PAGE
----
Needs to Raise Money

Quick Summary: Many steps must be taken before a company should attempt to raise money.


Virtually all entrepreneurs focus on the need to raise money and rightly so. “Overnight” company successes often take five or more years!  Unfortunately, most entrepreneurs start the process of seeking investors far too early not realizing how difficult and time consuming the process is.  Competition for investment dollars is incredibly high, and only companies that have thoroughly prepared for the process have a chance at success.

It would not be surprising if a first-time user of this site, especially if they are a new entrepreneur, selected this stage to review first.  The need to raise money is almost a universal requirement to start a business, and, in many cases, scale operations after the business has received external validation through initial customer purchases.  However, in the scheme of things, this stage has been listed as the fifth stage in progression on this site.  The implication is that many other issues need to be addressed before the pursuit external funding begins.

The article in this series, “You Can’t Raise Money with an Idea” probably says it best.  There are, of course, some exceptions to this statement.  Generally, they involve entrepreneurs that have a proven track record of success, or companies that have a patented or revolutionary approach to a problem that customers acknowledge needs to be solved and are willing to pay for, now.  The vast majority of startups fall somewhere between these two exceptions.

Another article in this collection helps to support the focus on other stages first.  That article is “The Three R’s in Investors”and describes the three R’s as Risk, Reward, and Relationships.  Any potential investor must be satisfied that the inherent risk of their investment is warranted by the potential reward that they can foresee if the company does what it claims it can do.  The third R, Relationships, is often overlooked but is clearly as important as the other two factors.  Investors must have confidence in the company’s CEO before they will invest.  In fact, many professional investors give more attention to the CEO and their ability to meet the company and market challenges, than they do to the other factors.  Essentially, they invest in the CEO first and the company plan second.

With the above thoughts in mind, asking for money before the investor’s risk and potential reward are well understood will severely impact the relationship, which will, invariably, ending up with a “no” response to the ask.  Aside from acknowledging the risk and reward issues, an entrepreneur should focus on external validation of their vision and claims.  It follows the simple observation of “It is what other people do, not what you say that counts”.  Nothing validates a business better than having customers purchase a product or service AND use it, AND buy it the second time.  The more customers that meet all three criteria, the more investors will have confidence in the risk/reward ratio of the company.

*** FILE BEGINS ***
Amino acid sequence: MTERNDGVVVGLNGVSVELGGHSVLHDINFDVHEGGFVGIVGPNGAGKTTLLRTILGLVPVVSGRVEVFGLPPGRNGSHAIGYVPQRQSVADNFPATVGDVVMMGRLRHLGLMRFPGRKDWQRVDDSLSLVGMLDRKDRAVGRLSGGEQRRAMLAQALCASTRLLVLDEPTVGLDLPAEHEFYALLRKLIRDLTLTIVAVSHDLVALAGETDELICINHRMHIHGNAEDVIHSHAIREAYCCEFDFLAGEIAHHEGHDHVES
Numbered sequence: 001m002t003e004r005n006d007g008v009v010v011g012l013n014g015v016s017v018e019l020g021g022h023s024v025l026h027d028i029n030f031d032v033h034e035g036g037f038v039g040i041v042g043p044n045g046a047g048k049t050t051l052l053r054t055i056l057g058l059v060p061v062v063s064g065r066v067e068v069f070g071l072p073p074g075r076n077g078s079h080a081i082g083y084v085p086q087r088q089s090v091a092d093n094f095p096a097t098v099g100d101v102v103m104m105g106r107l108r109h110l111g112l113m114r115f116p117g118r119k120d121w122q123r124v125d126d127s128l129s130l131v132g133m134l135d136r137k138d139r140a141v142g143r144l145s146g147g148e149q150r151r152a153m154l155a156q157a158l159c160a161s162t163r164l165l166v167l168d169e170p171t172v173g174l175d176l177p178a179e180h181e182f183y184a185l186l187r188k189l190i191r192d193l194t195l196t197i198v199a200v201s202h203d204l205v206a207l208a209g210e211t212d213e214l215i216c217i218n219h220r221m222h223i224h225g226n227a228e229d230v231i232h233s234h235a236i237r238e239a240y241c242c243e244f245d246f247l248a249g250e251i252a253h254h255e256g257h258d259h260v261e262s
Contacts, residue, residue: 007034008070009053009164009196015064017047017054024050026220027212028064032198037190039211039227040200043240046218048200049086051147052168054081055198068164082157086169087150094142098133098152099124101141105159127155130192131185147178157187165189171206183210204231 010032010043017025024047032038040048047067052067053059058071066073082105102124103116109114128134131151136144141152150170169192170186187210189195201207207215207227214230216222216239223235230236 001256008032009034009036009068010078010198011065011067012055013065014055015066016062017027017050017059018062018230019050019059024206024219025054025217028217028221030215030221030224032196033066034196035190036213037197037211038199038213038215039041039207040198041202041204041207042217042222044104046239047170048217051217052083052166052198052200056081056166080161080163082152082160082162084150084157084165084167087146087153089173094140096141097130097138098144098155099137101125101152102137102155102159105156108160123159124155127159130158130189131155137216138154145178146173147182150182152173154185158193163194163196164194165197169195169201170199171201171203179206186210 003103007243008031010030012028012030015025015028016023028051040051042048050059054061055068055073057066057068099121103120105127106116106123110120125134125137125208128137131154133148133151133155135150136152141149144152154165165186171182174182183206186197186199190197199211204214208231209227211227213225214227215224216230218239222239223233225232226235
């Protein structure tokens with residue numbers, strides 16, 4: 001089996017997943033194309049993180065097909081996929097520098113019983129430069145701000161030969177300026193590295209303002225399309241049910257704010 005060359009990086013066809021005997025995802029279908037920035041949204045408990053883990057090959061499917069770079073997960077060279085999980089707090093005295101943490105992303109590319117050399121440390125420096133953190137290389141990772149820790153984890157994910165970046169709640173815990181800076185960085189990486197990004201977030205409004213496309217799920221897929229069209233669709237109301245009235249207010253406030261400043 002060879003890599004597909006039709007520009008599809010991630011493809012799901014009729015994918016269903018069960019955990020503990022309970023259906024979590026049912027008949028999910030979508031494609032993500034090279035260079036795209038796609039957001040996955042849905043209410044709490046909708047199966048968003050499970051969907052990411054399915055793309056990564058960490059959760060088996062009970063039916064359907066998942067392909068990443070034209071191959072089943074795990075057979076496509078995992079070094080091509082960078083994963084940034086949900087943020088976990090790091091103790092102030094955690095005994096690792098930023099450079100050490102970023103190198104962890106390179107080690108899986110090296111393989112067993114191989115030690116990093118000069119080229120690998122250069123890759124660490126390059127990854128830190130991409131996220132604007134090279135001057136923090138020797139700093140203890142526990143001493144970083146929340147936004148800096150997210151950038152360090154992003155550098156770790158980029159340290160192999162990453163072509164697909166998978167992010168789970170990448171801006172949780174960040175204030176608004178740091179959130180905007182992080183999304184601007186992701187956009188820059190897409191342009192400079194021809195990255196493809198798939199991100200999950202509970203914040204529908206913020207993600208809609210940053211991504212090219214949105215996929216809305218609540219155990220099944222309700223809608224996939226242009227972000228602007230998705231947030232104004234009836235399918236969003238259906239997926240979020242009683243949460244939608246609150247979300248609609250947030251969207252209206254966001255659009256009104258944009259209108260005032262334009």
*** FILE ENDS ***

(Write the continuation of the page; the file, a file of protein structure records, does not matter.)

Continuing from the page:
The process of raising money from external investors is, unquestionably, the most competitive activity a company will ever face.  The battles with competitors that offer similar goods and services is nowhere near as difficult.  Few entrepreneurs realize the difficulty of this task until they begin the process and are regularly disappointed with investor’s refusals.  What most entrepreneurs do not realize is the large number of other entrepreneurs that have equally strong beliefs in their business plans and are pursuing the same limited number of investors.  Two examples illustrate this point.

A well-known and respected Angel investor group receives about fifty investment requests every month.  Through a quick screening process, they filter the list to fifteen companies.  From those fifteen, they choose one or two to present to their group every month.  The group then makes investments in one or two companies every year!  So, 50 applications per month, times 12 months equals 600 applications per year, and only one or two investments are made.  Best case, this equates to a one in three hundred chance of attracting capital from this group of seasoned investors.

General Partners in venture capital firms may sit through five or so company presentations every week.  Those who are lucky enough to be given that opportunity have already been pre-screened by the General Partners’ younger, but highly capable, Associates.  Of those presentations, a General Partner will make one or two investments per year!  So, 5 presentations per week times, 40 or so weeks per year, or 200 presentations per year yield one or two investments.

If the above numbers were not depressing enough, the long term track record for investors shows that only about one out of every ten investments provide excellent returns.  Clearly, the entire process from both the entrepreneur’s perspective and the investor’s perspective is highly inefficient.

The natural and logical question of “Why even bother trying” is obvious.  The answer is the entrepreneur’s passion and the belief that they are special and can be one of the success stories like so many others. 

Unfortunately, passion and belief are not enough.  Countless others are also passionate and believe in what they are doing.  The difference is preparation.  The articles included in this stage focus on the required preparation.  There are no shortcuts.


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